Of the three “geeks” in Freaks and Geeks, Sam, Neal and Bill, only Bill is a true geek, and he is my favourite geek of all—ahhhhhh, how I do love you Bill Haverchuck. Like Napoleon, Bill likes what he likes cause he likes it—comedy, rockets, science fiction. He does not degrade his loves by ascribing to them any usefulness or future career plans. Bill lives in the moment and finds the fun. The best Bill snippet, one that reveals Bill’s particular charm and unwavering insight, occurs as Bill and Neal are about to enter the rec-room basement hell of the popular kids spin-the-bottle party:

Neal: You know that scene in Animal House where Jim Belushi is pledging to the fraternity, and he goes to the party and ends up in the room with the blind guy and the Indian. I feel that’s about to happen to us.
Bill: Blind guys are cool. They have supersonic hearing.
Neal: Yeah, you’re right. (Now reassured, he looks admiringly at Bill). Blind guys are cool.

As always, Neal receives Bill’s transmissions as utterances from an oracle, interpreting them as figurative words of wisdom to be decoded. To Max, Bill’s words mean that they will be fine, will persevere regardless of their treatment by the populars. But Bill never intends them that way. His is a stubbornly literal mind. As far as he is concerned, he is just telling Neal the facts: Blind guys are cool. Rooted in a literal world but with the imagination to dress up as Lindsey Wagner/Bionic Woman for Halloween, Bill is the epitome of the geek, taking up a curious positioning towards the literal and the figurative, a positioning that eschews the metaphorical understanding through which most of us live.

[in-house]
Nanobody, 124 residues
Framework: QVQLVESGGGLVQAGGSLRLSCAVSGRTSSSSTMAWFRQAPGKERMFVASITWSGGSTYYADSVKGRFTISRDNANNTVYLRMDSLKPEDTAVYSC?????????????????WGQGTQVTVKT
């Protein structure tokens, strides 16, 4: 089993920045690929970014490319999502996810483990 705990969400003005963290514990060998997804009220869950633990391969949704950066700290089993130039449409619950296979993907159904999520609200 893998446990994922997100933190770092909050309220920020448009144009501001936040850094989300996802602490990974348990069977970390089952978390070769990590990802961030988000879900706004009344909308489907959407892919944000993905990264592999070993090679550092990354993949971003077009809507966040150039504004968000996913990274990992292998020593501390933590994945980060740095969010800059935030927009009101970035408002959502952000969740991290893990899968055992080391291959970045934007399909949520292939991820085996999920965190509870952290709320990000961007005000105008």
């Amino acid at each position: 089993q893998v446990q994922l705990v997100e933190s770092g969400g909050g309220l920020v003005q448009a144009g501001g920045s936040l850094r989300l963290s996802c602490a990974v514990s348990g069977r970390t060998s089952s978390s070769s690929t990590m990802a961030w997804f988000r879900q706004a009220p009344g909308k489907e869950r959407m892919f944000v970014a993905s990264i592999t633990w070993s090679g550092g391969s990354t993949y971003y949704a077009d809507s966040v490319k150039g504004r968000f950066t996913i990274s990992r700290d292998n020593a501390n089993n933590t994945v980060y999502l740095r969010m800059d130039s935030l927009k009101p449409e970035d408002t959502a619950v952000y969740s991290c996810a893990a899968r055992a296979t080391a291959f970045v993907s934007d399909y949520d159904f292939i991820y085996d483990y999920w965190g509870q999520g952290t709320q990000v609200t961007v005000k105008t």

The literal is sacred to the geek, and in this awe it takes an unexpected direction, bypassing the figurative and landing smack in the middle of extreme imagination—the geek can soar with the eagles while wearing cement boots. The geek and the computer were thus destined for each other: The computer is a physical manifestation of these same odd co-ordinates on the material/imagination matrix. But before the computer, Dungeons and Dragons reigned, and those are the days I miss.

Here’s to you geeks, you’ve done on a mass scale what I always admired about you in high school. For the shock of high school is the sudden and brutal narrowing of vision—and yet the geeks seemed to keep alive the wide range of life’s possibilities. They practiced a mode of friendship and solidarity that was alien to the rest of us dealing with the cruel Byzantine rituals of the high school court. The geeks were self-contained somehow, mercilessly out of the loop. They understood that they were opposed to the popular kids for the simple reason that the geeks knew at a subconscious level that high school would one day be over, whereas the populars believed it would last forever. And in knowing it would end, the geeks filled their days with heady play and eccentric projects. With no eye towards cool or use-value or future gains, the geeks offered a radical alternative for, not only high school life, but for life in general. As Papa Geek Walter Benjamin said, we understand something only in its disappearance. Now that the 80s model of geekdom is outmoded, we see in its traces what it meant, and what we have lost. I salute your success geeks, but don’t let it change you—at least not too much.


Lys Woods wrote about BASIC INSTINCT in Synoptique 6.